In this sentence "I once read that 'The beauty of life is its change' and that 'the act of life lies in a constant readjustment to our surroundings', can I omit the two "that"?

Thank you very much!


There are two "thats" in the sentence.

As CocoPop points out, eliminating the first "that" makes the sentence ambiguous, especially if spoken. It is more idiomatic to leave the first "that" in.

The second "that" is optional, but omitting it would change the way the sentence is perceived.

If you include the first "that" it sounds like you are discussing two separate concepts, which might or might not have come from the same source. For example:

I read that "it was the best of times" and that "the end justifies the means."

If you leave out the second "that," it tends to imply a closer connection between the two things you read:

I read that "it was the best of times" and "it was the worst of times."

This is not a hard-and-fast rule, but it is a shade of meaning. Given the close relationship between the phrases in your example, omitting the second "that" probably makes sense.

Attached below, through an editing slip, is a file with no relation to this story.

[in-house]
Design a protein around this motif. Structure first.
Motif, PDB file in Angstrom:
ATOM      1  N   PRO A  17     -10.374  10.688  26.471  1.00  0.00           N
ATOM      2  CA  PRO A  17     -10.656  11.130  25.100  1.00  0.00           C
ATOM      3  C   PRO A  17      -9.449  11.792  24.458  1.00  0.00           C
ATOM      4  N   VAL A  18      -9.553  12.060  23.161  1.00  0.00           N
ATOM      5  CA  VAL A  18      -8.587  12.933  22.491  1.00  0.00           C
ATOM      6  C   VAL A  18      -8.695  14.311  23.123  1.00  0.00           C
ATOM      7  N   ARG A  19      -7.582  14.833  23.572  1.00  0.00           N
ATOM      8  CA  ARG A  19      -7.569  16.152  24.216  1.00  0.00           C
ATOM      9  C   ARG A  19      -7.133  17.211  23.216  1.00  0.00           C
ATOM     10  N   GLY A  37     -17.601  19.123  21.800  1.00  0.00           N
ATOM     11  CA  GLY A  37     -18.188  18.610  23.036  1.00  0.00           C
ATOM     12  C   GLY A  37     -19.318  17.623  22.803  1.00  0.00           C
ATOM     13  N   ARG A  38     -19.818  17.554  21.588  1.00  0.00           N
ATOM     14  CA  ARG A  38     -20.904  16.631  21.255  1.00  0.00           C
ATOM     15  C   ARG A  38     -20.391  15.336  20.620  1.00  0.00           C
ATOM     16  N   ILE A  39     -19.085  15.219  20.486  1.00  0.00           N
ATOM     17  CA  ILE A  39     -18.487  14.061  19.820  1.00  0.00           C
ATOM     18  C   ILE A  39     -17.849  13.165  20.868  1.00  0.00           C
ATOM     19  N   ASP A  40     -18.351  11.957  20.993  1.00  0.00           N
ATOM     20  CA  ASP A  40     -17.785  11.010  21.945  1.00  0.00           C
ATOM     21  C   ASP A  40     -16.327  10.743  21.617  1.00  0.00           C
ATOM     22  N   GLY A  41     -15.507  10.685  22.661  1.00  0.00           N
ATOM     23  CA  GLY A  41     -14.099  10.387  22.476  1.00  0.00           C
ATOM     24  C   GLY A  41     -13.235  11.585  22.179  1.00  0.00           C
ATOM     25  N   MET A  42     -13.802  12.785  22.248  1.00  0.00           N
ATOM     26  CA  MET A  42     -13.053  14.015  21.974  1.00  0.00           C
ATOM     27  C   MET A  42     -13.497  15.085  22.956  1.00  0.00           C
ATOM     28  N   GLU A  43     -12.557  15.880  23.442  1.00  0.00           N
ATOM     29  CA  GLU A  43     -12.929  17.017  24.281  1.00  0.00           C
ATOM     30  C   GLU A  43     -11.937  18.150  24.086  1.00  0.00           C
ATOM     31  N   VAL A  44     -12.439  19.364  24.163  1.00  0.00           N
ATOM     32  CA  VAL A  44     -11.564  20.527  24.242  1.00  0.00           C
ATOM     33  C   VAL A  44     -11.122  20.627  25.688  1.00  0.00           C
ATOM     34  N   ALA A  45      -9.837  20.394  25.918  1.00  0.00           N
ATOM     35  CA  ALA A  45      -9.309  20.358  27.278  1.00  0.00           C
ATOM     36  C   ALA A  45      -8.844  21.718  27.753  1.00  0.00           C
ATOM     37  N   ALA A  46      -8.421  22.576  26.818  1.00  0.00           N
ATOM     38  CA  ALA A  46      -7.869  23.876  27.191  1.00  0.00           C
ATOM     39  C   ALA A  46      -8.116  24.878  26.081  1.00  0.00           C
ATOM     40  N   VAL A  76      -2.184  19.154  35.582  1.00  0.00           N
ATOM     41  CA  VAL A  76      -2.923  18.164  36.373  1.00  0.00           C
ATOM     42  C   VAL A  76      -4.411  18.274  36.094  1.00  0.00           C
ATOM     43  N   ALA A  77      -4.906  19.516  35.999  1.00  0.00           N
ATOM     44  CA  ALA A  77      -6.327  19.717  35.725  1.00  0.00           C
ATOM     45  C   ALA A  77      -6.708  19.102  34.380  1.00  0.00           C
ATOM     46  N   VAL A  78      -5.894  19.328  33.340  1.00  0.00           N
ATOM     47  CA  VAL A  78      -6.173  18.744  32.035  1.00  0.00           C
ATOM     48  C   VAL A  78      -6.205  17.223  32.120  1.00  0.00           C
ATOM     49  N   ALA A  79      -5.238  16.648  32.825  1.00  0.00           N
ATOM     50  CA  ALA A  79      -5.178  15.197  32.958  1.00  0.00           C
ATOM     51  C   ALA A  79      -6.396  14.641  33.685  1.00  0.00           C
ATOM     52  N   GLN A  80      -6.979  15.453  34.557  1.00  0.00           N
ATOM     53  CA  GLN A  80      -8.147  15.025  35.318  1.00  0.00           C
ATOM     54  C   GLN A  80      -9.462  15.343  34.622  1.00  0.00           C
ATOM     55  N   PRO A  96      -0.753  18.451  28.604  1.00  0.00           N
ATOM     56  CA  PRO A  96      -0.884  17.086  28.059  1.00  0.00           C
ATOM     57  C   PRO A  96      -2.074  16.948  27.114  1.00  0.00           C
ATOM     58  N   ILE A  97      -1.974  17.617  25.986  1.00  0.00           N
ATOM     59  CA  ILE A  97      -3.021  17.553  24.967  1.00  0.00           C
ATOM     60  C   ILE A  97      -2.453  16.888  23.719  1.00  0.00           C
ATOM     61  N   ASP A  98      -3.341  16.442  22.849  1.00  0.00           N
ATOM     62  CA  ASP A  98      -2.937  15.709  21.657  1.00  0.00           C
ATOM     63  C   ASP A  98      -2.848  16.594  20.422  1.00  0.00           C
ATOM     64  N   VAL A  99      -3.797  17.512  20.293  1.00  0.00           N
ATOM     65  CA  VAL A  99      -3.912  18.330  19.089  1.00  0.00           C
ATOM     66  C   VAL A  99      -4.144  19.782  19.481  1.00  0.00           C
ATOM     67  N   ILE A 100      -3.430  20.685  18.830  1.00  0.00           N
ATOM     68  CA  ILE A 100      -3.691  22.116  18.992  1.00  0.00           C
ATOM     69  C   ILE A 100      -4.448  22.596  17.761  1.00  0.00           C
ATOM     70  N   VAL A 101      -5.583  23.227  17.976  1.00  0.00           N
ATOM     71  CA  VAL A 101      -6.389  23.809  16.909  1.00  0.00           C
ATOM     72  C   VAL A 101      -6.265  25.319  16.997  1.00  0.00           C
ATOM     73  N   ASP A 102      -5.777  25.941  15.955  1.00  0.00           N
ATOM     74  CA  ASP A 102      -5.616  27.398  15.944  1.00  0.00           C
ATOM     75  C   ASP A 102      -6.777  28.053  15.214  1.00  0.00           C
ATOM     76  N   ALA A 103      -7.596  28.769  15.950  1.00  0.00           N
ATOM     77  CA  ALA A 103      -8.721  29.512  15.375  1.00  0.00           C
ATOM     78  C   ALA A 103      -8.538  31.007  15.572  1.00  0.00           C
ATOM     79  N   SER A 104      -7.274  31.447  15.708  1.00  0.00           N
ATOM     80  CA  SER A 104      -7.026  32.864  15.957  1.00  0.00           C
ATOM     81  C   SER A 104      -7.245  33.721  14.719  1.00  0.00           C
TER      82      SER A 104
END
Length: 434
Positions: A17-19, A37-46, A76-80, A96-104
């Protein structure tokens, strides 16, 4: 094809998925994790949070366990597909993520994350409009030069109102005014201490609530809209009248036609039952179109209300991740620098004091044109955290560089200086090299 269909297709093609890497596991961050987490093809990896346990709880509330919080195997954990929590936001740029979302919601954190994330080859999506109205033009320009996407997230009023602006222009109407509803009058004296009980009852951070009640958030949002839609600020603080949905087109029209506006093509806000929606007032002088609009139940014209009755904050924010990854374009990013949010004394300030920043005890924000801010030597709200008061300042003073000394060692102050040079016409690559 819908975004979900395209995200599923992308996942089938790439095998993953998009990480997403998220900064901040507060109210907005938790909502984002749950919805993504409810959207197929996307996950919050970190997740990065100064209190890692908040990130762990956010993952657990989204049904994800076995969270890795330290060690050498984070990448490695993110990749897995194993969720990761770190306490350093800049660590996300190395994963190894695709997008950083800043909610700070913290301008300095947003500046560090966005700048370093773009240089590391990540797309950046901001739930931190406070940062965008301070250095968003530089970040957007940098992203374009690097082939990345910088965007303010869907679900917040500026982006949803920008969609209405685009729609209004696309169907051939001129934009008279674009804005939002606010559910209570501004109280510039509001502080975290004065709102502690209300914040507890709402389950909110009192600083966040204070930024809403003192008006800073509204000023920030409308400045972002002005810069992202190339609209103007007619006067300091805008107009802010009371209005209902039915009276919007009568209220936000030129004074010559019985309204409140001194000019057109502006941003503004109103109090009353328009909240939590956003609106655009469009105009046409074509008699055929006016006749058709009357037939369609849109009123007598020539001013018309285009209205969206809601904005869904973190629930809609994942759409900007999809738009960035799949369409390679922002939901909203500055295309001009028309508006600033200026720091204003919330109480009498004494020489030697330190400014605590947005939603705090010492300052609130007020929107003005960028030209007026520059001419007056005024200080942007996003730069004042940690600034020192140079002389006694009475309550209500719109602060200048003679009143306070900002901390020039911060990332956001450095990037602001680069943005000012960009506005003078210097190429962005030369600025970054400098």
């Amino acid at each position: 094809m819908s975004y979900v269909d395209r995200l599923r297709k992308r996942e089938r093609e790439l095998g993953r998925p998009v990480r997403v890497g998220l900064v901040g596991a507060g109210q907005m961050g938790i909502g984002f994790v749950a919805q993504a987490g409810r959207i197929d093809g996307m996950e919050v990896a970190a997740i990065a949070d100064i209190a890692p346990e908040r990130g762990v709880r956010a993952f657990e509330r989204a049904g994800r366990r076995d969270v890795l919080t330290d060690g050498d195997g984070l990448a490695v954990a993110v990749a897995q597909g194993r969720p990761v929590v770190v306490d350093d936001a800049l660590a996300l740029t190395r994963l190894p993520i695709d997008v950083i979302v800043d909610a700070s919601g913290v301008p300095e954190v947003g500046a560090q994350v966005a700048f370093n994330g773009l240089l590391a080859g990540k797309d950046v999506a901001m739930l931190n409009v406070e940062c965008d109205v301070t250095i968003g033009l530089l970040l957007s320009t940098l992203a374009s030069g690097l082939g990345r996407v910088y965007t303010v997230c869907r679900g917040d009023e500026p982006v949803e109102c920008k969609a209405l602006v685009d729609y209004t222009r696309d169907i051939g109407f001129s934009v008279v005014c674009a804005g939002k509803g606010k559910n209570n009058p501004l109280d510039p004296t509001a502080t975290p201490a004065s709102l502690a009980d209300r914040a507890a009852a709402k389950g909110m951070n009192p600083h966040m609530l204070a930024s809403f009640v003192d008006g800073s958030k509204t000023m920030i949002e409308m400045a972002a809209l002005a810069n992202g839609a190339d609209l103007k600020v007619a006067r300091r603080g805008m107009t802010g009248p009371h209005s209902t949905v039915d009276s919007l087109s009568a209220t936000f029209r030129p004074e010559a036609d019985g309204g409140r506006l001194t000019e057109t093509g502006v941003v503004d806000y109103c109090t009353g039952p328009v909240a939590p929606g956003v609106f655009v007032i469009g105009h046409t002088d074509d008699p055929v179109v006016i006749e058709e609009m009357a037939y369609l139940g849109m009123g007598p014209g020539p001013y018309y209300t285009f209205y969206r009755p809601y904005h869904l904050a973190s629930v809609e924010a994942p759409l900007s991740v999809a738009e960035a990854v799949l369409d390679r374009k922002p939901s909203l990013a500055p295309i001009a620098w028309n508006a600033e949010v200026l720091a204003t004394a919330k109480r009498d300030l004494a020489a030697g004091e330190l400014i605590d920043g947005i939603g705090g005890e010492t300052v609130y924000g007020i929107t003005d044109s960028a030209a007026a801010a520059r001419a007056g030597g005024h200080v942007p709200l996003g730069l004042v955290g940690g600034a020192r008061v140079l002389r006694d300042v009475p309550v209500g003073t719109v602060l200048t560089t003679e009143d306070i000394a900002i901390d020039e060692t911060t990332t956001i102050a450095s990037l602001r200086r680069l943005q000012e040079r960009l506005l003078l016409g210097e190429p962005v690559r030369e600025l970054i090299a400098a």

Finally, a warning about quotes. Use quotes in English only when you are literally quoting something that you read. I can't be sure, but to me it sounds like you're paraphrasing, rather than quoting--and the exact phrases you're quoting don't show up in a Google search. If in fact you're giving the gist of what was written rather than the literal words of the author--even if you're only paraphrasing a little bit--do not use quotation marks. In that case, you would write:

I once read that the beauty of life is its change, and the act of life lies in a constant readjustment to our surroundings.


You could omit "that," but then (at least) the first quote looks like it may be a title of a song, movie, or novel. It is definitely better with the two that's.

  • Great question!
    – CocoPop
    Jul 23 '14 at 14:25

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